After the Beijing Floods: Why Does China Obscure Death-Toll Statistics?

Chinese officials announced that the death toll from recent floods in Beijing was 77, not the earlier reported 37. Despite the authorities' recent pledges of openness, an instinct to tightly control information remains in the authoritarian one-party state

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A resident pours mud along a street outside his home in Beijing on July 26, 2012, after the worst rainstorms in six decades pounded the capital

Like mosquitoes after a rainstorm, disasters in China are inevitably followed by persistent, nagging and uncomfortable questions about how many people died. It is the same if the disaster is massive, like the 2008 Sichuan earthquake that killed 87,000, or comparatively small, like the shopping-mall fire earlier this month in the city of Tianjin that officials say killed 10. It matters not if the cause is disease, like the SARS epidemic that spread across the country and then around the globe in 2002 and 2003, or the high-speed-train collision in Wenzhou one year ago that left 40 dead. In China, where calamities have long been covered up and concealed, the doubts about death tolls run deep.

On Thursday evening, the government announced that 77 people had died in last weekend’s Beijing floods and listed the names of 61 civilians and five officials. That followed widespread questioning of the earlier death toll, which had stood at 37 since Sunday. “Why are we always playing games with statistics?” novelist Xu Kaizhen wrote on Sina Weibo. “Announcing the correct death toll is responsible and moral.” Even the People’s Daily, the mouthpiece of the Chinese Communist Party, has called for greater openness. In an editorial on Thursday titled “Death Tolls Aren’t ‘Sensitive Topics,'” the newspaper lamented that citizens are still questioning official figures. “Only when you have ‘open’ and ‘timely,’ faster-released and better quality information will you put people first and ‘desensitize’ death tolls,” it said.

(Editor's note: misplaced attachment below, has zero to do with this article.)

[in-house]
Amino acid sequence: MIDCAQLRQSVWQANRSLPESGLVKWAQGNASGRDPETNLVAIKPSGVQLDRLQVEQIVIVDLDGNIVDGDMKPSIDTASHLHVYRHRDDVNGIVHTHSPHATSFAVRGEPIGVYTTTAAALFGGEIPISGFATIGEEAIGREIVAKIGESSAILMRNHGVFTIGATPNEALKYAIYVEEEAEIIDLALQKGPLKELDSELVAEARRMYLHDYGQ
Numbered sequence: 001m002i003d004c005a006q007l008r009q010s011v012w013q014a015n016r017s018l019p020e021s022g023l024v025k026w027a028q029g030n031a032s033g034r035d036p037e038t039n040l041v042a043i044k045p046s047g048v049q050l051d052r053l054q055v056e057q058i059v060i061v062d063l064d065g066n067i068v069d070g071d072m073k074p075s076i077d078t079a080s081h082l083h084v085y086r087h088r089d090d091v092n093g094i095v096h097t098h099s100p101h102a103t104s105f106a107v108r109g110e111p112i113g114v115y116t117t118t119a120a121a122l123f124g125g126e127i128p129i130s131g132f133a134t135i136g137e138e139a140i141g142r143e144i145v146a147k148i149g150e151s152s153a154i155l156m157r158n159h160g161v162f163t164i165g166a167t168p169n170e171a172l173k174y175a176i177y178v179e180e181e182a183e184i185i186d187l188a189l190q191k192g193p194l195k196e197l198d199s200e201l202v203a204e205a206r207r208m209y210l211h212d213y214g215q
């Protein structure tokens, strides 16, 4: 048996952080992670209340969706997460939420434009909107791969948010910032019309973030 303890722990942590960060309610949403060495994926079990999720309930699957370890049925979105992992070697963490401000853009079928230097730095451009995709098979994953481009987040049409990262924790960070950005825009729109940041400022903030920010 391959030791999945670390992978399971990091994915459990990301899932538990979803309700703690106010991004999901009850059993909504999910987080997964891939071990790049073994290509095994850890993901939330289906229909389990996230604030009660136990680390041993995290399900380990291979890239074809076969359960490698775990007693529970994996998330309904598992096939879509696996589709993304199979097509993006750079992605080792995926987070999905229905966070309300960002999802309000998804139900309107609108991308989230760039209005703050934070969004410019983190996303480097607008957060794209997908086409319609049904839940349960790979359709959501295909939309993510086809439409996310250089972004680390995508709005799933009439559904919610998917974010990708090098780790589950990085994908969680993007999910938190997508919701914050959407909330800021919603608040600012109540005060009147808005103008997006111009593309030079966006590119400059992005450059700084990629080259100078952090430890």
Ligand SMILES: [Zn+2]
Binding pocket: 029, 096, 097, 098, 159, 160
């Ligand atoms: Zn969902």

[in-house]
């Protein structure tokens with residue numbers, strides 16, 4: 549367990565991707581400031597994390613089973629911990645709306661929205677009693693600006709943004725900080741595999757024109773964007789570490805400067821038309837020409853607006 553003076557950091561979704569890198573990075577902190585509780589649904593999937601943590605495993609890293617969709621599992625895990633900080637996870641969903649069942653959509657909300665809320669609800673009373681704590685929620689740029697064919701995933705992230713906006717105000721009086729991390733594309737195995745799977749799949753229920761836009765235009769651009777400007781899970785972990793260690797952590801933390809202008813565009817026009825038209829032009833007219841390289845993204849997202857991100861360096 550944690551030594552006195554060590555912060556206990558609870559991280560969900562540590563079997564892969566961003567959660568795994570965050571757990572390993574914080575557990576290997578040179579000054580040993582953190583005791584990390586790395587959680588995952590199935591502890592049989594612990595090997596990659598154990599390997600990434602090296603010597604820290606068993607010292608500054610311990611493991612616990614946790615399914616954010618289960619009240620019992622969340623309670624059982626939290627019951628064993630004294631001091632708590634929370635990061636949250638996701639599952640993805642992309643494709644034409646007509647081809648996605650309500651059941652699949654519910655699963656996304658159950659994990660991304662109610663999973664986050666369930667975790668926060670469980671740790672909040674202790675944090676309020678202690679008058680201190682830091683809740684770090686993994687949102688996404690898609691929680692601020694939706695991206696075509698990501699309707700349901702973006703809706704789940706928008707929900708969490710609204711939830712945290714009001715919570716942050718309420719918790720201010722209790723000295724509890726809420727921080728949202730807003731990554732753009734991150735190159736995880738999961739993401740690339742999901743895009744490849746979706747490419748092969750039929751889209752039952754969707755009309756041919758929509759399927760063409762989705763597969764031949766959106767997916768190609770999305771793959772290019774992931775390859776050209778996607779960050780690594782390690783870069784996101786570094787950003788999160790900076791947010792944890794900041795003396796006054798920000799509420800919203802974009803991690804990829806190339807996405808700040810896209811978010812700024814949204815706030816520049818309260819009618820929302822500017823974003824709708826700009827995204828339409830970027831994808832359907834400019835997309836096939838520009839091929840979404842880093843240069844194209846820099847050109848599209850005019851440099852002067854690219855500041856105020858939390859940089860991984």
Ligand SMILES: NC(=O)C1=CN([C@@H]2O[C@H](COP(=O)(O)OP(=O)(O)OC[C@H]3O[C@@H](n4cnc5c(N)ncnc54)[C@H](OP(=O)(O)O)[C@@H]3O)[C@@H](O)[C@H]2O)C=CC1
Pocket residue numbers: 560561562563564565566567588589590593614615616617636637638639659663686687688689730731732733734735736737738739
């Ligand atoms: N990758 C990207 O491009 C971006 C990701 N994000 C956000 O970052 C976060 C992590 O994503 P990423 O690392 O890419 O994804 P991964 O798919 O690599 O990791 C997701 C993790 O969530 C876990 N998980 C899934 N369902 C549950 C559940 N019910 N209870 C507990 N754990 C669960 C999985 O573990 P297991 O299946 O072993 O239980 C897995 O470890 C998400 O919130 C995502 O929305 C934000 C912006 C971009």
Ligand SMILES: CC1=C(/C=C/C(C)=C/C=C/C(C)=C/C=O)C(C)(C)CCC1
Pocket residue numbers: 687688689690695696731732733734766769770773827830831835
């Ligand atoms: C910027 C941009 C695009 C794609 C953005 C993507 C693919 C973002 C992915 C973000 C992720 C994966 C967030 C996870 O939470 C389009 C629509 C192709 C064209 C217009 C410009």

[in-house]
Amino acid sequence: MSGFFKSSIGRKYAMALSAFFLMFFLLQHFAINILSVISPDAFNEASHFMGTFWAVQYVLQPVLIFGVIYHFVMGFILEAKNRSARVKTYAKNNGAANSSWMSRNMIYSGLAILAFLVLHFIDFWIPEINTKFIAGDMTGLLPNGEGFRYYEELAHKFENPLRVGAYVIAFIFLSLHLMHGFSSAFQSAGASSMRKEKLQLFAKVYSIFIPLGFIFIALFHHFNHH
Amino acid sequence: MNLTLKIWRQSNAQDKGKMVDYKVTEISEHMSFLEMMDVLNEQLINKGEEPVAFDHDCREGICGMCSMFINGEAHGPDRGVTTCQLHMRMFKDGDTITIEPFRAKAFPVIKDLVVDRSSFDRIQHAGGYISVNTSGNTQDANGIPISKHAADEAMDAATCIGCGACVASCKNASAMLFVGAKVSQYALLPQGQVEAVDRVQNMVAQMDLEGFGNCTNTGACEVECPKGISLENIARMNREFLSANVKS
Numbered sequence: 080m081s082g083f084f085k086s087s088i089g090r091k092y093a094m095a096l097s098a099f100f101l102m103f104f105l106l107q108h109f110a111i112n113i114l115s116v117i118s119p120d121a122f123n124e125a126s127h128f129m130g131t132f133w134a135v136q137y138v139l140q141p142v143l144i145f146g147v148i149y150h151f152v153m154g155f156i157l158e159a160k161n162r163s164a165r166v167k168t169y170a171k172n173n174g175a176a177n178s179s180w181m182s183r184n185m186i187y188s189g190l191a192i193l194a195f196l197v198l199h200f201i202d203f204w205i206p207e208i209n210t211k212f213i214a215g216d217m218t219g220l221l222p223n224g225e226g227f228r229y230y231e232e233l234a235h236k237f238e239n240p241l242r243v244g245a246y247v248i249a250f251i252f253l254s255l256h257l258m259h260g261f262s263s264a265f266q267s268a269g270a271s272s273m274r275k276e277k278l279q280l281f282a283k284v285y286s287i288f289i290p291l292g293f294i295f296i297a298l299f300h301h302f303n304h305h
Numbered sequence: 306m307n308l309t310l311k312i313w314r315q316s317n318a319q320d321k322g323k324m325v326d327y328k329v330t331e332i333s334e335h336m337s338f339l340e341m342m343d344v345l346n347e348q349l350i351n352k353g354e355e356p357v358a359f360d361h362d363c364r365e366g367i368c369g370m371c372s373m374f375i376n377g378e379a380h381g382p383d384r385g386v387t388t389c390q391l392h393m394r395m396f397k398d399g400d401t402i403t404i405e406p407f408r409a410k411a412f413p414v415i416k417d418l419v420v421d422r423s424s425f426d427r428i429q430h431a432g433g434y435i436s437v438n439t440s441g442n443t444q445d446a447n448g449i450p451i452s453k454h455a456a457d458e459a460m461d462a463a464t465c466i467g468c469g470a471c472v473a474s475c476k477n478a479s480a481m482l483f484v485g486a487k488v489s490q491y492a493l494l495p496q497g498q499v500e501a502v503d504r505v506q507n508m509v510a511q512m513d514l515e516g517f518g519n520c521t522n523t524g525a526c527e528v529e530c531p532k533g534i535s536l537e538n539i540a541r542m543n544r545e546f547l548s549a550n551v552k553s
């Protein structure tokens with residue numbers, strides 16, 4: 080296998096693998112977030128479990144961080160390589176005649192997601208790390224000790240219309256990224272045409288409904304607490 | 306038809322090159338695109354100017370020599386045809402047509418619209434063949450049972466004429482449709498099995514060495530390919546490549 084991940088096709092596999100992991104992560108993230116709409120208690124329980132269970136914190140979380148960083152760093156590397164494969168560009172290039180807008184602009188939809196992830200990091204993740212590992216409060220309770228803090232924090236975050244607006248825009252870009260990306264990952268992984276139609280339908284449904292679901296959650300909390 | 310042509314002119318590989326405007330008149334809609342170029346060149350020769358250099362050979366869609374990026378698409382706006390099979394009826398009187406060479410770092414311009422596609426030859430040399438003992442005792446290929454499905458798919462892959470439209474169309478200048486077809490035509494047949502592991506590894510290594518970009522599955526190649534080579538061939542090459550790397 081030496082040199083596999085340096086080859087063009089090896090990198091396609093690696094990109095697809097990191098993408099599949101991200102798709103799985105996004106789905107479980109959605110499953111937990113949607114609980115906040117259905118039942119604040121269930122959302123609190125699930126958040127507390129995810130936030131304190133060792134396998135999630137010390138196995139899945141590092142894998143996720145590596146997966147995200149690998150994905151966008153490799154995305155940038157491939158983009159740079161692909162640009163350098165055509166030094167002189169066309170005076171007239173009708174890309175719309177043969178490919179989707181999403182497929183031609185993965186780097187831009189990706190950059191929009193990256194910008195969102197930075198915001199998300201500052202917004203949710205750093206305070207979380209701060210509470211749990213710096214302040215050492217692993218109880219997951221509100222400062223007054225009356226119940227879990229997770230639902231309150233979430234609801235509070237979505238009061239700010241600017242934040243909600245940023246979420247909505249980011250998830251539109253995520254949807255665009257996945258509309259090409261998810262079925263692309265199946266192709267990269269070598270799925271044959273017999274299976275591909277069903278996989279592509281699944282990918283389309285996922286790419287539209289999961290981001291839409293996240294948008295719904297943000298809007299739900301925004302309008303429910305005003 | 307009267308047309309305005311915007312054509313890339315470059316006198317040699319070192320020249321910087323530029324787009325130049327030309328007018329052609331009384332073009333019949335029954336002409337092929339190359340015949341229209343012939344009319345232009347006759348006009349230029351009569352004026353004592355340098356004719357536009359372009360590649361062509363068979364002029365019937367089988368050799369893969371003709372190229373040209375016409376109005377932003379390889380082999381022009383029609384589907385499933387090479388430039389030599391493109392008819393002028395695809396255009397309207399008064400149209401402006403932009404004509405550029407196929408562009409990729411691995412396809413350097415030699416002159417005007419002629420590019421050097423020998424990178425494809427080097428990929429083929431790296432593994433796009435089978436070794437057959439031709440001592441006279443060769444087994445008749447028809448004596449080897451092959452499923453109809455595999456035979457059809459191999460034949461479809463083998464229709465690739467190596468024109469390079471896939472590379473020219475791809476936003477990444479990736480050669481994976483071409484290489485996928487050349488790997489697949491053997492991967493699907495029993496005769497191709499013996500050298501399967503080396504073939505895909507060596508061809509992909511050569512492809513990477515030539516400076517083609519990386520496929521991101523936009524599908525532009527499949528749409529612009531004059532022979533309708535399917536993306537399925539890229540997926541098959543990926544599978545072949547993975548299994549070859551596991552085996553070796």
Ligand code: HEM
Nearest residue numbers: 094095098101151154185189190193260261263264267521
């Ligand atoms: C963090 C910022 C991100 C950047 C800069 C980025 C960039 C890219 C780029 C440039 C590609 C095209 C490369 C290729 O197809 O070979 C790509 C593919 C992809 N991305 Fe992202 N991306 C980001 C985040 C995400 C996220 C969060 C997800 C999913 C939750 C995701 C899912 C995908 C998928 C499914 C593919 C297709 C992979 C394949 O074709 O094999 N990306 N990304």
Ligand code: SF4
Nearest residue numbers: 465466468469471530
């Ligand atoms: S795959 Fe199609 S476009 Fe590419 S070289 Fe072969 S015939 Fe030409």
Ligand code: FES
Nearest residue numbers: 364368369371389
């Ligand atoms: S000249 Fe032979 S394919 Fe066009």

(PHOTOS: Heavy Rains Cause Havoc in China)

The Beijing government has pledged to be open about the figures. During a press conference late Wednesday, spokesman Pan Anjun listed several statistics, from 541 mm of rain in the hardest-hit Fangshan district to $1.8 billion in damage to 1.6 million residents affected. But he did not provide a new death toll. According to a report in the Changjiang Daily, a newspaper based in the central city of Wuhan, a reporter from CCTV, the state-run broadcaster, said she had seen the sheet from which the official was reading, and it listed a death toll of 61, but the assembled spokespeople declined to answer her question.

The Changjiang Daily story has since been removed from its website, part of extensive online censorship that has surrounded flood coverage. On microblogs, including Sina Weibo, users have complained about the disappearance of messages related to the flood. On Thursday evening, the search function on Sina Weibo appeared to be disabled, allowing users to search only for accounts, not content. Most significantly, at least four pages’ worth of flood coverage from this week’s edition of Southern Weekend, one of the country’s leading news publications, were killed by censors, according to a person familiar with the decision.

The sensitivity over disasters and death tolls has existed since the founding of the People’s Republic, says Frank Dikotter, a professor of history at the University of Hong Kong. “Communist states scrutinize any reports of unnatural death — suicide, accident, starvation — because those stand as statements of the political health of the regime as a whole,” says Dikotter, author of Mao’s Great Famine, a book that examines the deadliest episode of cover-up and faked numbers in the country’s history, the 1958–62 famine during the Great Leap Forward that killed as many as 45 million. “When it comes to unnatural ‘natural’ deaths — flooding or earthquakes — these numbers are extremely sensitive and therefore unreliable.”